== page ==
Background and importance The characteristics of the patient who requires health care are different between primary care (PC) and hospital care (HC). The COVID-19 pandemic has impacted on public access to health services. Therefore, prescribing patterns and consumption of antimicrobials in both contexts could have changed.
Aim and objectives To assess the impact of the COVID-19 pandemic on antimicrobial consumption in PC and HC.
Material and methods Descriptive cross-sectional study that evaluated the antimicrobial consumption (ATC J01) in adult patients 1 year before (March 2019–February 2020) and 1 year after (March 2020–February 2021) the arrival of the COVID-19 pandemic.
Antimicrobial consumption rates were expressed in defined daily doses per 1000 inhabitants-day (DID). In PC we included the reference population of our area and in HC the number of patients discharged. The impact was assessed by the difference in DID between both periods and care settings.
Data on antimicrobial prescribing in PC were obtained from a public database with anonymised data on the total number of items of each drug prescribed. Hospital data were obtained from the clinical unit of pharmacy.
Results Between March 2020 and February 2021 antimicrobial consumption decreased –36.0% (7.3 vs 11.4 DID) in PC and increased +37.5 (16.5 vs 12.0 DID) in HC, both compared to the same period of the previous year.
The most prescribed antimicrobials in PC before the COVID-19 pandemic were amoxicillin, amoxicillin/clavulanate, doxycycline, azithromycin, ciprofloxacin, and between March 2020 and February 2021 these were amoxicillin/clavulanate, amoxicillin, doxycycline, ciprofloxacin and azithromycin.
The most prescribed antimicrobial used in HC before the COVID-19 pandemic were amoxicillin/clavulanate, levofloxacin, piperacillin/tazobactam, ceftriaxone and ciprofloxacin, and between March 2020 and February 2021 these were amoxicillin/clavulanate, ceftriaxone, azithromycin, piperacillin/tazobactam and meropenem.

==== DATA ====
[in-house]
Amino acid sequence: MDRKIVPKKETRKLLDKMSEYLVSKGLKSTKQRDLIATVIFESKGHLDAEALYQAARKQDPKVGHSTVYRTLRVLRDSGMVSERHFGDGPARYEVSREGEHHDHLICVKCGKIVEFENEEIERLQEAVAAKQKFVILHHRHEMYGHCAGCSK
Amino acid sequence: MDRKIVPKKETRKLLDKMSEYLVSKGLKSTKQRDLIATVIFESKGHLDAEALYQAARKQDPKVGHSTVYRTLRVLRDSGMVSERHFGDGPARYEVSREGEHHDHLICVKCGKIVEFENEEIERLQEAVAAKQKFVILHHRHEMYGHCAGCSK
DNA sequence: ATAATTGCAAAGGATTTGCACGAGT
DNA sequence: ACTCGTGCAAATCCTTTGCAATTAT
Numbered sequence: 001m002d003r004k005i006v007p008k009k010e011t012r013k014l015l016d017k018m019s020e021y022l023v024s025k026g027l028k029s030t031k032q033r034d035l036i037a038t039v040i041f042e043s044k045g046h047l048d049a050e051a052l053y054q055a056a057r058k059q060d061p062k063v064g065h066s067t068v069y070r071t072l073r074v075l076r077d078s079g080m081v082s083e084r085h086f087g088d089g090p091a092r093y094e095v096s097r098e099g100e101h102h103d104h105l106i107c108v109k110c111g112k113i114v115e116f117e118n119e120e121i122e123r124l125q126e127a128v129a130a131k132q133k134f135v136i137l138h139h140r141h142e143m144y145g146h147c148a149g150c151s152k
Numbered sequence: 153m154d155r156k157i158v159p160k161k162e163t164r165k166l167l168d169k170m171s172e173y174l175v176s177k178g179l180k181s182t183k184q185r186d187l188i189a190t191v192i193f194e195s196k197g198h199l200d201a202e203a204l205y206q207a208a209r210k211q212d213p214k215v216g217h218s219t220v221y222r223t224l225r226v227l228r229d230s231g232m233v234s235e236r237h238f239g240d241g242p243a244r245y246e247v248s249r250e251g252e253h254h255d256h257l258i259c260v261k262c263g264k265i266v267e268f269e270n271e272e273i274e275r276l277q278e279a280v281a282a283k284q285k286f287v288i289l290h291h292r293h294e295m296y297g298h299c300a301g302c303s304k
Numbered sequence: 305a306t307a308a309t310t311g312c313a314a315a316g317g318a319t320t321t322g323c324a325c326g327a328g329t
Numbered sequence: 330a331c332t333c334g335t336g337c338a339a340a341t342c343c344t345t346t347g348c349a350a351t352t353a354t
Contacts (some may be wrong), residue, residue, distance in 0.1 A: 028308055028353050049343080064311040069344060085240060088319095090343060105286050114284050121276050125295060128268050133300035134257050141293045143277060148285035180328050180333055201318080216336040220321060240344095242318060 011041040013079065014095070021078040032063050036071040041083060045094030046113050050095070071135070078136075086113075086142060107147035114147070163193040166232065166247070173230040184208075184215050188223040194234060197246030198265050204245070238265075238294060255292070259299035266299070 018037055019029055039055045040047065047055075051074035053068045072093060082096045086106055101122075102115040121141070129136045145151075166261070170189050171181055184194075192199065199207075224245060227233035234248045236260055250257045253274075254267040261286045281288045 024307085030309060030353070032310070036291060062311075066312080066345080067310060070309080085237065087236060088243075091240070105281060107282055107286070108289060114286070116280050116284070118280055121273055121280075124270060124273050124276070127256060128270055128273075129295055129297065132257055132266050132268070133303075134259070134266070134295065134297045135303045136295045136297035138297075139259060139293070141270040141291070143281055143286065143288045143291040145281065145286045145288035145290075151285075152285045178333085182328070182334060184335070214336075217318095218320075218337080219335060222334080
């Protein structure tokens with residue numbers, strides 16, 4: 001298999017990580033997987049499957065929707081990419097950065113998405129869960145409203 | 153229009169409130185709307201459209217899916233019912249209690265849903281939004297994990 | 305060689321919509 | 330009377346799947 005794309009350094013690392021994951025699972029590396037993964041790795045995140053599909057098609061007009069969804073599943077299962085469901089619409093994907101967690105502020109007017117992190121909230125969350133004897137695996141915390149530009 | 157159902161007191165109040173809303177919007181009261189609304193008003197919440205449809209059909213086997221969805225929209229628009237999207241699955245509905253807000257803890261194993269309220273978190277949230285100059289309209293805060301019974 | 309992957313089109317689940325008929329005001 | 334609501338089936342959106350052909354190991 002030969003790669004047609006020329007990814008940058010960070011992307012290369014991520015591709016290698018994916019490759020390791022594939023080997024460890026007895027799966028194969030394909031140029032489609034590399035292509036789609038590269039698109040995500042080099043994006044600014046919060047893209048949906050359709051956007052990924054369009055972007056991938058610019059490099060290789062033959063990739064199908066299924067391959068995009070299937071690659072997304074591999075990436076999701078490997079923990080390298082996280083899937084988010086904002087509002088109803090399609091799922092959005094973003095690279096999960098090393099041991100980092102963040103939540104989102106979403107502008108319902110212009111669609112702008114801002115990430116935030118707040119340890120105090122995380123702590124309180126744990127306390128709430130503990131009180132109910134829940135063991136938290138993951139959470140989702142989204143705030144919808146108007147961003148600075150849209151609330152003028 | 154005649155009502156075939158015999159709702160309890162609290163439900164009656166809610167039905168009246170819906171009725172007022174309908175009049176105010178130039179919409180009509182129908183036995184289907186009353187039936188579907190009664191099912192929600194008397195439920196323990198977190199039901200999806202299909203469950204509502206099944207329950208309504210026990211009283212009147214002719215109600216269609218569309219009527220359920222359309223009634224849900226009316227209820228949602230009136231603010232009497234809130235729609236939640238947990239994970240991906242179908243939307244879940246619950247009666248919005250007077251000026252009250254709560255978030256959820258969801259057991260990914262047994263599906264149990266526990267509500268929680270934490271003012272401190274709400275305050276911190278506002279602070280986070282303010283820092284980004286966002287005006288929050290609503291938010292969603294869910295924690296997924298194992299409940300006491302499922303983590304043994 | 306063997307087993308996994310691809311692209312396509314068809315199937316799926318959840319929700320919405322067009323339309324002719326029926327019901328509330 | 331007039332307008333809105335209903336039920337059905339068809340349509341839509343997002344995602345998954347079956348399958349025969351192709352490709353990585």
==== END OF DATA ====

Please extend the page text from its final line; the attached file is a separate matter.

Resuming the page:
Comparing the COVID period with the previous year, in PC the antimicrobial that most decreased in consumption was phenoxymethylpenicillin (–66.59%). Amoxicillin decreased by –52.13%, clarithromycin (–50.60%), moxifloxacin (–45.98%), levofloxacin (–44.42%), amoxicillin/clavulanate (–35.55%) and azithromycin (–29.05%). For HC the antimicrobial that most increased in consumption was azithromycin (+721.42%), followed by amoxicillin (+602.0%), ceftriaxone (+184.34%), vancomycin (+116.9%) and amikacin (+88.79%). Meropenem DID increased by +52.94%.
Conclusion and relevance The COVID-19 pandemic has impacted on the increase in antimicrobial use in HC along with a proportional decrease in PC.
Antimicrobial prescription patterns in PC remain stable. The increase in amoxicillin/clavulanate over amoxicillin may be related to non-contact patient care (telemedicine).
In HC, antimicrobial stewardship strategies can help return the consumption of broad-spectrum antibiotics to acceptable levels.
Conflict of interest No conflict of interest